DPP v Avadenei

 
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[2016] IECA 136

THE COURT OF APPEAL

Edwards J.

Record No. 2015/526

Birmingham J.

Mahon J.

Edwards J.

IN THE MATTER OF SECTION 52 OF THE COURTS

(SUPPLEMENTAL PROVISIONS) ACT 1961

BETWEEN/
THE DIRECTOR OF PUBLIC PROSECUTIONS (at the suit of Garda Francis McMahon)
Appellant
V
MIHAI AVADENEI
Respondent

Statutory Interpretation – Drink Driving – s. 13 of the Road Traffic Act 2010 (Prescribed Form and Manner of Statements) Regulation 2011 – Deviations – Validity

Facts: The Director of Public Prosecutions appealed against a High court judgement that dealt with a case that had been referred from the District Court pursuant to s. 52 of the Courts (Supplemental Provisions) Act 1961. The case concerned the prosecution of the respondent for drink driving contrary to s. 4(40(a) and (5) of the Road Traffic Act 2010. The respondent contended in the District Court that the prosecution had failed to produce evidence in a duly completed statement within the meaning of s. 13 of the Road Traffic Act 2010 because the apparatus used to analyse the respondent's breath only generated a printout in English, when s. 13 of the Road Traffic Act 2010 (Prescribed Form and Manner of Statements) Regulations 2011 required that the relevant statement be produced in English and Irish.

The District Judge referred the case to the High Court for determination on whether he was entitled to hold that there was no 'duly completed' certificate within the meaning of s. 13 of the Road Traffic Act 2010 (Prescribed Form and Manner of Statements) Regulation 2011. The High Court answered the District Judge's question in the affirmative. The High Court judge concluded that the document relied upon by the prosecution against the respondent did not comply with the requirements of s. 13(2) and was therefore not admissible. The appellant contends that the deviation from the prescribed statutory form was not fatal and by virtue of s. 12 of the Interpretation Act 2005, a deviation that does not affect the substance of the form or is not misleading in content means it is therefore valid.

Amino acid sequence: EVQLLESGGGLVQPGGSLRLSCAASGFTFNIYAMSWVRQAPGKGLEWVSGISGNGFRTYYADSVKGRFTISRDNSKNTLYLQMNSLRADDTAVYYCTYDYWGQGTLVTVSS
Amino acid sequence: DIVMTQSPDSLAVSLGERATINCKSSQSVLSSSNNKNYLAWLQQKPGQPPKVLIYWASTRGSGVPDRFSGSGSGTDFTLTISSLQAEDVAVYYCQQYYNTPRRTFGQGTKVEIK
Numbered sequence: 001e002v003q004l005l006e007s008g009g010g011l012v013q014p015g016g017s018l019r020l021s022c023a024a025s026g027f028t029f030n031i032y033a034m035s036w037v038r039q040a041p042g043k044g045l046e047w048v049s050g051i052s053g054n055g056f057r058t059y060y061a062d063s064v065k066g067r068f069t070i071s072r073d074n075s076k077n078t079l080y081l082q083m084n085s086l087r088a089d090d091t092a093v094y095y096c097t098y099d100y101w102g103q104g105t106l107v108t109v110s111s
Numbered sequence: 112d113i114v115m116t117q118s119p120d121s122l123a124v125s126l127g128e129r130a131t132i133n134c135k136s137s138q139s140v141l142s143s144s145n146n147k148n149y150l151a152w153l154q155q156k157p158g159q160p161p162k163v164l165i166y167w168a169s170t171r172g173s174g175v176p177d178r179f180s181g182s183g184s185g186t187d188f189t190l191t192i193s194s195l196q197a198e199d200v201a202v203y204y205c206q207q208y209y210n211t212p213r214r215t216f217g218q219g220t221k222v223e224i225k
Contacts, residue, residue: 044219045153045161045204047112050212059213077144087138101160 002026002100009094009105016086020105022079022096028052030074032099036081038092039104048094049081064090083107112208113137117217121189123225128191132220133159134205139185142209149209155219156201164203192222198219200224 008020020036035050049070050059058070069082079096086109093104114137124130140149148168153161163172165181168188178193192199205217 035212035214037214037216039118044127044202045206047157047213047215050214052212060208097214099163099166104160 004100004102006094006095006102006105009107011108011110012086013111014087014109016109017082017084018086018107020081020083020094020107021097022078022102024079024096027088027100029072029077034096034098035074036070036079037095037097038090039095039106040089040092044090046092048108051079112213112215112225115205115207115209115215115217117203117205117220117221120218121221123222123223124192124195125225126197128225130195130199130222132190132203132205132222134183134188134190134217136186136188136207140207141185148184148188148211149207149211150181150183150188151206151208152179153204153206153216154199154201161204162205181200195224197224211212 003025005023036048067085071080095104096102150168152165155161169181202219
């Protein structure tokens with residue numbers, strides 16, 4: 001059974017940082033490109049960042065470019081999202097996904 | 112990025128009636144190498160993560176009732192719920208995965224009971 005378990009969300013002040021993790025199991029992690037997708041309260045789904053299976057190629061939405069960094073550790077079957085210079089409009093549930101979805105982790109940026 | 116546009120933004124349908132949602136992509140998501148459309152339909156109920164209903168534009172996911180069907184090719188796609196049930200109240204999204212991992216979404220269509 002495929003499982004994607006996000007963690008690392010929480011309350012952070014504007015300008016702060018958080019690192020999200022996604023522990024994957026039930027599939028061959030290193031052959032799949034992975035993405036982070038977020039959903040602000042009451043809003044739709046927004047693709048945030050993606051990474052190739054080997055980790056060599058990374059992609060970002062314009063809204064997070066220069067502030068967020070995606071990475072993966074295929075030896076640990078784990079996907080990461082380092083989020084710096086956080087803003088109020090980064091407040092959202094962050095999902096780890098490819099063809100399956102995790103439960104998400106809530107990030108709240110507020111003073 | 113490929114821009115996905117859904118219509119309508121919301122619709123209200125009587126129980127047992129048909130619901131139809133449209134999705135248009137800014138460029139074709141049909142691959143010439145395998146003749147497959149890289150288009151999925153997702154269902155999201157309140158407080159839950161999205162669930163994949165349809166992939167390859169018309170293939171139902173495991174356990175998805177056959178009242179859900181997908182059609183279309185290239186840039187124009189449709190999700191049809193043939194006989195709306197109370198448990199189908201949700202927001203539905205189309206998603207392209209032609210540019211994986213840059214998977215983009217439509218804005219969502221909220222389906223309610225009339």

Held by Edwards J: The court allowed the appeal and concluded that the trial judge had erred in holding that s. 12 of the Interpretation Act 2005 Act had no application in the case. Edwards J concluded that if the District Judge had of applied s 12 of the 2005 Act to the case he would have been entitled to conclude that the statements produced by the intoxylizer apparatus were in the prescribed form notwithstanding the deviation in the case stated, and was duly completed in the prescribed manner by a member of An Garda Siochana. The court allowed the appeal and answered the question posed by the District Judge in the negative.

Judgment of Mr. Justice Edwards delivered on the 10th day of May, 2016
Introduction
1

This is an appeal by the Director of Public Prosecutions against a judgment of the High Court (Noonan J.) delivered on the 21st of September, 2015, and the orders of the High Court made on foot of that judgment, dealing with a consultative case stated referred to it by Judge Conal Gibbons of the District Court on the 2nd of October, 2014, pursuant to section 52 of the Courts (Supplemental Provisions) Act 1961.

2